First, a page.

# 4.10. Common Misunderstandings¶

## 4.10.1. Common Misunderstandings¶

Asymptotic analysis is one of the most intellectually difficult topics that undergraduate computer science majors are confronted with. Most people find growth rates and asymptotic analysis confusing and so develop misconceptions about either the concepts or the terminology. It helps to know what the standard points of confusion are, in hopes of avoiding them.

One problem with differentiating the concepts of upper and lower bounds is that, for most algorithms that you will encounter, it is easy to recognize the true growth rate for that algorithm. Given complete knowledge about a cost function, the upper and lower bound for that cost function are always the same. Thus, the distinction between an upper and a lower bound is only worthwhile when you have incomplete knowledge about the thing being measured. If this distinction is still not clear, then you should read about analyzing problems. We use \(\Theta\)-notation to indicate that there is no meaningful difference between what we know about the growth rates of the upper and lower bound (which is usually the case for simple algorithms).

It is a common mistake to confuse the concepts of upper bound or
lower bound on the one hand, and worst case or
best case on the other.
The best, worst, or average cases each
**define a cost** for a specific input instance
(or specific set of instances for the average case).
In contrast, upper and lower bounds describe our understanding of the
**growth rate** for that cost measure.
So to define the growth rate for an algorithm or problem, we need to
determine what we are measuring (the best, worst, or average case) and
also our description for what we know about the growth rate of that
cost measure (big-Oh, \(\Omega\), or \(\Theta\)).

The upper bound for an algorithm is not the same as the worst case for
that algorithm for a given input of size \(n\).
What is being bounded is not the actual cost (which you can
determine for a given value of \(n\)), but rather the
**growth rate** for the cost.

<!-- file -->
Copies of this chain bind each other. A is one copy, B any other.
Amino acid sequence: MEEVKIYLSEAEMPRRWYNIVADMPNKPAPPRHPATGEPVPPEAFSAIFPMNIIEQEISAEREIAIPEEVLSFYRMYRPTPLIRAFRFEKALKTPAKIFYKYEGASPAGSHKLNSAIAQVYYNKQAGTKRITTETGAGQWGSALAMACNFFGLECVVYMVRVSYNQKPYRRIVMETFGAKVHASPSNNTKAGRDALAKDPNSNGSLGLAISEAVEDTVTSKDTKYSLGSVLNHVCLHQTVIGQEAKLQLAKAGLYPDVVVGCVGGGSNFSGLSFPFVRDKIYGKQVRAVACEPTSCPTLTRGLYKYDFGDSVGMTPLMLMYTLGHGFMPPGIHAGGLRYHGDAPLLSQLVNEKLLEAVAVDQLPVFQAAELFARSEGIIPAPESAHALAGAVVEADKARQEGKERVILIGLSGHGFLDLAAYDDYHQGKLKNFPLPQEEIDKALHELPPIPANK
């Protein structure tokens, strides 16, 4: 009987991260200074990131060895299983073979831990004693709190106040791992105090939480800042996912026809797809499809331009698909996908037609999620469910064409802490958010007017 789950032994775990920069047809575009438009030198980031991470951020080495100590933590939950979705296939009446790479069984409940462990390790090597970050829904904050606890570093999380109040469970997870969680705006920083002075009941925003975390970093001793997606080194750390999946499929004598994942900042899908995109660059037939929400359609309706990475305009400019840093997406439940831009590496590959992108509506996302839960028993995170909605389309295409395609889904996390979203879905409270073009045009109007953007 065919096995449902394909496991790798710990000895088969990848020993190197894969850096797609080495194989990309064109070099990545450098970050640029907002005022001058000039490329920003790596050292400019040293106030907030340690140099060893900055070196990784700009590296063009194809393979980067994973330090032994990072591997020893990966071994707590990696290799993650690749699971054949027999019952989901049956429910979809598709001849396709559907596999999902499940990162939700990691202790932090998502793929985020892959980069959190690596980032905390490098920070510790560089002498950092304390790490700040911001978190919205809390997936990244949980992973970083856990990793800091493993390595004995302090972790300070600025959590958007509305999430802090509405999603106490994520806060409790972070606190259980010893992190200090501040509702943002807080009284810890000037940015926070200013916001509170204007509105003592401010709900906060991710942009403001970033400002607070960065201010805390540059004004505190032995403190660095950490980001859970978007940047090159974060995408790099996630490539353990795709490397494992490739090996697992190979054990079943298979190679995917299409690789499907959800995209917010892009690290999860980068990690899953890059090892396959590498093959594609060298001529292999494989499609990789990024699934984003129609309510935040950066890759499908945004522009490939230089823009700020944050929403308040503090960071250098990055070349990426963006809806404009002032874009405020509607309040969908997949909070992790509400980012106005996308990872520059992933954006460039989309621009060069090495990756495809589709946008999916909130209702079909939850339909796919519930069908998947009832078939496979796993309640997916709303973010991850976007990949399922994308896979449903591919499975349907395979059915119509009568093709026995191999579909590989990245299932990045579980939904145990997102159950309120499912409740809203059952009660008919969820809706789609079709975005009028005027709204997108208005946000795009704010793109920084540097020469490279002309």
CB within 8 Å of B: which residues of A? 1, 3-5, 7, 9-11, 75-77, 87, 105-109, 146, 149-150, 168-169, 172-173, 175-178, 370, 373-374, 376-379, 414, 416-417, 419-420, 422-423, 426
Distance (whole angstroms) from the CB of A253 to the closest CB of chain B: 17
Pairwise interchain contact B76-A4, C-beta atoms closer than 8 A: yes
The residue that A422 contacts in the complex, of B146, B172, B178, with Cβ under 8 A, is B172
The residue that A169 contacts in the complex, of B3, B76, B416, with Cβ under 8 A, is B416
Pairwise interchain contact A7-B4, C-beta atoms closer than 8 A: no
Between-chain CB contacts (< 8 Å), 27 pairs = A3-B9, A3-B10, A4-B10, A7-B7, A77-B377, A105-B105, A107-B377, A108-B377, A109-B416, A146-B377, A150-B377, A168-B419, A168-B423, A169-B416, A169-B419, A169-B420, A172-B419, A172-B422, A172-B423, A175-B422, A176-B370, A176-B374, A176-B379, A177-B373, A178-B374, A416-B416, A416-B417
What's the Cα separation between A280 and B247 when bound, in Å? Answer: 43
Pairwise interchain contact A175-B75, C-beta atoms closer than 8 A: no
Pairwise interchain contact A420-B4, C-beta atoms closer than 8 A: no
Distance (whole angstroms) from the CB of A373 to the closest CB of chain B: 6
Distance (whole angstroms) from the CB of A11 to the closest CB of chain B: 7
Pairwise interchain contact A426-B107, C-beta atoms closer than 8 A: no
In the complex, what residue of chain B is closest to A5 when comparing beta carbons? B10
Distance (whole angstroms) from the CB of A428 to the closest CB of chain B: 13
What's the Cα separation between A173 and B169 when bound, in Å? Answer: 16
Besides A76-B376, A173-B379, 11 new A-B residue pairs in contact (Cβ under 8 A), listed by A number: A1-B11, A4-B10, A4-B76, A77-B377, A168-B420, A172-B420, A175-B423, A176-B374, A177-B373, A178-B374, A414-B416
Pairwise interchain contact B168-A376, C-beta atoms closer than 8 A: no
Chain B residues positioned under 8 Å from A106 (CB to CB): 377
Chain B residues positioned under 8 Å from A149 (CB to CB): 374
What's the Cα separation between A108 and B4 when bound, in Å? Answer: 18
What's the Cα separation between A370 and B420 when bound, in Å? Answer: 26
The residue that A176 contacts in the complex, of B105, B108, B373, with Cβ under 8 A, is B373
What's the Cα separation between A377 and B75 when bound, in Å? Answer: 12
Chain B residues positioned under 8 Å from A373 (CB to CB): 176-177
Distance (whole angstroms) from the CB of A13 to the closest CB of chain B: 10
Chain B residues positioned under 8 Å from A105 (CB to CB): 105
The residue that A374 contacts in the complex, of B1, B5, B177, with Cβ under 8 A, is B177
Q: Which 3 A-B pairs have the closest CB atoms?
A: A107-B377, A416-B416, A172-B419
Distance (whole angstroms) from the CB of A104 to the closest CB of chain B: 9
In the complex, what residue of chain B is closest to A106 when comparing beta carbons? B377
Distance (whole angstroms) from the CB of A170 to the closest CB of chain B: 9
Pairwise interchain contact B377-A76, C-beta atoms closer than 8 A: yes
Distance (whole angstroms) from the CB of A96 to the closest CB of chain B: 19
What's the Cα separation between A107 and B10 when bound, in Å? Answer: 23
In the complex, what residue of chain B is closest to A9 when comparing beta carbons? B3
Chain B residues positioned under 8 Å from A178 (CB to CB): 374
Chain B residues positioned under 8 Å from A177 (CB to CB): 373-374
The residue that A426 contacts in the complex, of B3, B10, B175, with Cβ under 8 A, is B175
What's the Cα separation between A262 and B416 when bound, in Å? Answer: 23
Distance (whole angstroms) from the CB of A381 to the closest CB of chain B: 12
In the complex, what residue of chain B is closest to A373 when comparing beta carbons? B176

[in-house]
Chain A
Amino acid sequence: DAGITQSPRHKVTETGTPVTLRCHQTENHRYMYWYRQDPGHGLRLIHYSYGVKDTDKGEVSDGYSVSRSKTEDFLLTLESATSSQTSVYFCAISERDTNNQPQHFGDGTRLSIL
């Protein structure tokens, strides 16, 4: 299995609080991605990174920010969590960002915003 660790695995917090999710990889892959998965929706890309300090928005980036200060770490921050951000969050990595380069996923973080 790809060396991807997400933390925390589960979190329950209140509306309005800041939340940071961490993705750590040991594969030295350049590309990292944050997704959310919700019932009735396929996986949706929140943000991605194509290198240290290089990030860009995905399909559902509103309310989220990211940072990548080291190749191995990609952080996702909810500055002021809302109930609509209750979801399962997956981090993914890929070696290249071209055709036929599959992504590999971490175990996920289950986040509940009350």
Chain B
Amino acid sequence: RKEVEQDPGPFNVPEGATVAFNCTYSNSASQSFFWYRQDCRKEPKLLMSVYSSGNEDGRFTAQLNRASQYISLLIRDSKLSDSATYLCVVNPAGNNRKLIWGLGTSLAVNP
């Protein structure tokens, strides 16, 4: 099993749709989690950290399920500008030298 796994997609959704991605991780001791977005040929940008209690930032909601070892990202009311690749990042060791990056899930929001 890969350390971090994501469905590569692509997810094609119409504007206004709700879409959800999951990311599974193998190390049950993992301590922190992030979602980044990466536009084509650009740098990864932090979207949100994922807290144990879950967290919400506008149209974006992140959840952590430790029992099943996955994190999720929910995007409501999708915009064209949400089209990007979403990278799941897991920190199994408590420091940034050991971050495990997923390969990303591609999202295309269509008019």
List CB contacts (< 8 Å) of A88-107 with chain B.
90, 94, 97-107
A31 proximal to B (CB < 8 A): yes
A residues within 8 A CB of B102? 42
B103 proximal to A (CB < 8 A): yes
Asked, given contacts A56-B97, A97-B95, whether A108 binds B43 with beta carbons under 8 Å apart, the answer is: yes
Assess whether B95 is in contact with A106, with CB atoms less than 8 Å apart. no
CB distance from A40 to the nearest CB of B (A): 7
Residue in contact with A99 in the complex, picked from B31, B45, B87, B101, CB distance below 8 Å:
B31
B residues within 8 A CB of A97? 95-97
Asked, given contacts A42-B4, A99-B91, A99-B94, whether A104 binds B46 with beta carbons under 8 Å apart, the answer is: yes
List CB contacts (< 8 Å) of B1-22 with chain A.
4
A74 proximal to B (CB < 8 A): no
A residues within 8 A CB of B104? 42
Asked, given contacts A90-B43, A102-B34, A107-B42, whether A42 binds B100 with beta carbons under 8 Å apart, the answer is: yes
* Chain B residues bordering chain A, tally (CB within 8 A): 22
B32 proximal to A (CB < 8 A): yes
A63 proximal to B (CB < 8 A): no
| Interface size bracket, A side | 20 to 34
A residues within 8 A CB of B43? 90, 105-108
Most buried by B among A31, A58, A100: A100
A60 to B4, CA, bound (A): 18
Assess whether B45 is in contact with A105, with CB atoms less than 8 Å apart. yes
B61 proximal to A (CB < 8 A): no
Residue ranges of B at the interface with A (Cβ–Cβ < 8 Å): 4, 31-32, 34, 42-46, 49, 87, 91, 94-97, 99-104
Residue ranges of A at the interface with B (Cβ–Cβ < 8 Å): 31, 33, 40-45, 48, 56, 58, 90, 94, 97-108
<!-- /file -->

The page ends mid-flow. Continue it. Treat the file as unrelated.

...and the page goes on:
There cannot be a growth rate for a single point, such as a particular
value of \(n\).
The growth **rate** applies to the **change** in cost as a
**change** in input size occurs.
Likewise, the lower bound is not the same as the best case for a given
size \(n\).

Another common misconception is thinking that the best case for an algorithm occurs when the input size is as small as possible, or that the worst case occurs when the input size is as large as possible. What is correct is that best- and worse-case instances exist for each possible size of input. That is, for all inputs of a given size, say \(i\), one (or more) of the inputs of size \(i\) is the best and one (or more) of the inputs of size \(i\) is the worst. Often (but not always!), we can characterize the best input case for an arbitrary size, and we can characterize the worst input case for an arbitrary size. Ideally, we can determine the growth rate for the characterized best, worst, and average cases as the input size grows.

Example 4.10.1

What is the growth rate of the best case for sequential search?
For any array of size \(n\), the best case occurs when the
value we are looking for appears in the first position of the
array.
This is true regardless of the size of the array.
Thus, the best case (for arbitrary size \(n\)) occurs when the
desired value is in the first of \(n\) positions, and its cost
is 1.
It is *not* correct to say that the best case occurs when
\(n=1\).